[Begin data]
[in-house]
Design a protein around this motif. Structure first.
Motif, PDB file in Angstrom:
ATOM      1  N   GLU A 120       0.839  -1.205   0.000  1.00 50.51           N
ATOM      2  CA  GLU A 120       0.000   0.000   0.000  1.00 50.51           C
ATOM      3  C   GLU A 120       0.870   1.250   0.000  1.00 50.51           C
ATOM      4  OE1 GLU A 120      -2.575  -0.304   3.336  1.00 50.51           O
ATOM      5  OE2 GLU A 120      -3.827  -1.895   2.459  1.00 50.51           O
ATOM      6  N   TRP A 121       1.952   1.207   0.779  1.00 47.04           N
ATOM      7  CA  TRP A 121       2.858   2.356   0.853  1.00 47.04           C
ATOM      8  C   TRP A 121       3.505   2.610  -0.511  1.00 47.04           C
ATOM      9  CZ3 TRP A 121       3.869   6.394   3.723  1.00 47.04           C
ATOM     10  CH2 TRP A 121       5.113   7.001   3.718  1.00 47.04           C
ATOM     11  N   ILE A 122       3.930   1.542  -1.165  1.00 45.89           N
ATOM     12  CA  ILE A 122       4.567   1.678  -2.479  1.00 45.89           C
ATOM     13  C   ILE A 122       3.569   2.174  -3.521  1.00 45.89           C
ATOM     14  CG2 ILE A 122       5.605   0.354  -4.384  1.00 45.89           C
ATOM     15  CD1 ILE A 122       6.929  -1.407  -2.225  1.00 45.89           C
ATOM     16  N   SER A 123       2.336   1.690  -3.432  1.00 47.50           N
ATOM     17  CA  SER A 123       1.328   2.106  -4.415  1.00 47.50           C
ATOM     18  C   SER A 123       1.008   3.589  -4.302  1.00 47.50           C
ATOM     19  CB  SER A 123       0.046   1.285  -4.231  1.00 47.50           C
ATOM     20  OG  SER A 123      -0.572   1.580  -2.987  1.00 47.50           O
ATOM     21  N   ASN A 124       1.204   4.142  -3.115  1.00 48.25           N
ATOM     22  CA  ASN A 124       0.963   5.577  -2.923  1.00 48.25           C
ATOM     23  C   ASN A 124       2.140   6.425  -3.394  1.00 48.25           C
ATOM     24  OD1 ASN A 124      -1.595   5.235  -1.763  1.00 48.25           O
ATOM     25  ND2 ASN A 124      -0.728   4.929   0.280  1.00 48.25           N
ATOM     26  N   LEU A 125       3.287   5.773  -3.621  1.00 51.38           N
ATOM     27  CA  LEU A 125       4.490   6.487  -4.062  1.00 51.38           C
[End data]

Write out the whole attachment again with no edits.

[in-house]
Design a protein around this motif. Structure first.
Motif, PDB file in Angstrom:
ATOM      1  N   GLU A 120       0.839  -1.205   0.000  1.00 50.51           N
ATOM      2  CA  GLU A 120       0.000   0.000   0.000  1.00 50.51           C
ATOM      3  C   GLU A 120       0.870   1.250   0.000  1.00 50.51           C
ATOM      4  OE1 GLU A 120      -2.575  -0.304   3.336  1.00 50.51           O
ATOM      5  OE2 GLU A 120      -3.827  -1.895   2.459  1.00 50.51           O
ATOM      6  N   TRP A 121       1.952   1.207   0.779  1.00 47.04           N
ATOM      7  CA  TRP A 121       2.858   2.356   0.853  1.00 47.04           C
ATOM      8  C   TRP A 121       3.505   2.610  -0.511  1.00 47.04           C
ATOM      9  CZ3 TRP A 121       3.869   6.394   3.723  1.00 47.04           C
ATOM     10  CH2 TRP A 121       5.113   7.001   3.718  1.00 47.04           C
ATOM     11  N   ILE A 122       3.930   1.542  -1.165  1.00 45.89           N
ATOM     12  CA  ILE A 122       4.567   1.678  -2.479  1.00 45.89           C
ATOM     13  C   ILE A 122       3.569   2.174  -3.521  1.00 45.89           C
ATOM     14  CG2 ILE A 122       5.605   0.354  -4.384  1.00 45.89           C
ATOM     15  CD1 ILE A 122       6.929  -1.407  -2.225  1.00 45.89           C
ATOM     16  N   SER A 123       2.336   1.690  -3.432  1.00 47.50           N
ATOM     17  CA  SER A 123       1.328   2.106  -4.415  1.00 47.50           C
ATOM     18  C   SER A 123       1.008   3.589  -4.302  1.00 47.50           C
ATOM     19  CB  SER A 123       0.046   1.285  -4.231  1.00 47.50           C
ATOM     20  OG  SER A 123      -0.572   1.580  -2.987  1.00 47.50           O
ATOM     21  N   ASN A 124       1.204   4.142  -3.115  1.00 48.25           N
ATOM     22  CA  ASN A 124       0.963   5.577  -2.923  1.00 48.25           C
ATOM     23  C   ASN A 124       2.140   6.425  -3.394  1.00 48.25           C
ATOM     24  OD1 ASN A 124      -1.595   5.235  -1.763  1.00 48.25           O
ATOM     25  ND2 ASN A 124      -0.728   4.929   0.280  1.00 48.25           N
ATOM     26  N   LEU A 125       3.287   5.773  -3.621  1.00 51.38           N
ATOM     27  CA  LEU A 125       4.490   6.487  -4.062  1.00 51.38           C